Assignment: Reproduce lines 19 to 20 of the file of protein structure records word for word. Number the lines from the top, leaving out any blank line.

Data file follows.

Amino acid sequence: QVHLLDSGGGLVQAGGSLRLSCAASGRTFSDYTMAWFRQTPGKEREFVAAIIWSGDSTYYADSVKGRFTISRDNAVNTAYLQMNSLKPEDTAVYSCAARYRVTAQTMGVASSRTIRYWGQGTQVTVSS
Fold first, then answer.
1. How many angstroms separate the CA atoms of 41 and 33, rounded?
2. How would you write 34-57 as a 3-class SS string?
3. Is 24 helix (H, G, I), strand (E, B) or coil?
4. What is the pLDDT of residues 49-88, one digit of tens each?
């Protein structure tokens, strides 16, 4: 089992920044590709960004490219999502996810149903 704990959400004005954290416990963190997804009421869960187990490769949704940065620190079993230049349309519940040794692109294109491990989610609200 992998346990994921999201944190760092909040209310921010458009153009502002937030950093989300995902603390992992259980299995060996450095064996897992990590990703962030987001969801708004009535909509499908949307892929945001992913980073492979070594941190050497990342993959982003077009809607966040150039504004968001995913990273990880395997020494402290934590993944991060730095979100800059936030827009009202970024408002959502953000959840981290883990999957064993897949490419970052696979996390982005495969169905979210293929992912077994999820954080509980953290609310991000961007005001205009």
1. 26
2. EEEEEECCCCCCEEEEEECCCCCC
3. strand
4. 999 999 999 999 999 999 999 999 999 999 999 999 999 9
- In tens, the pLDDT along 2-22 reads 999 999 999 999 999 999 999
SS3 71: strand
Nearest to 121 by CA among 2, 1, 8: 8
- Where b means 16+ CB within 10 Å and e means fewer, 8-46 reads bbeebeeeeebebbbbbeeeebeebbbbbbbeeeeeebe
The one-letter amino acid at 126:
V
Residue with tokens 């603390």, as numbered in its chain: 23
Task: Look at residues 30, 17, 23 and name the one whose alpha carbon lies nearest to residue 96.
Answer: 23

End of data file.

Task: Look at residues 30, 17, 23 and name the one whose alpha carbon lies nearest to residue 96.
Answer: 23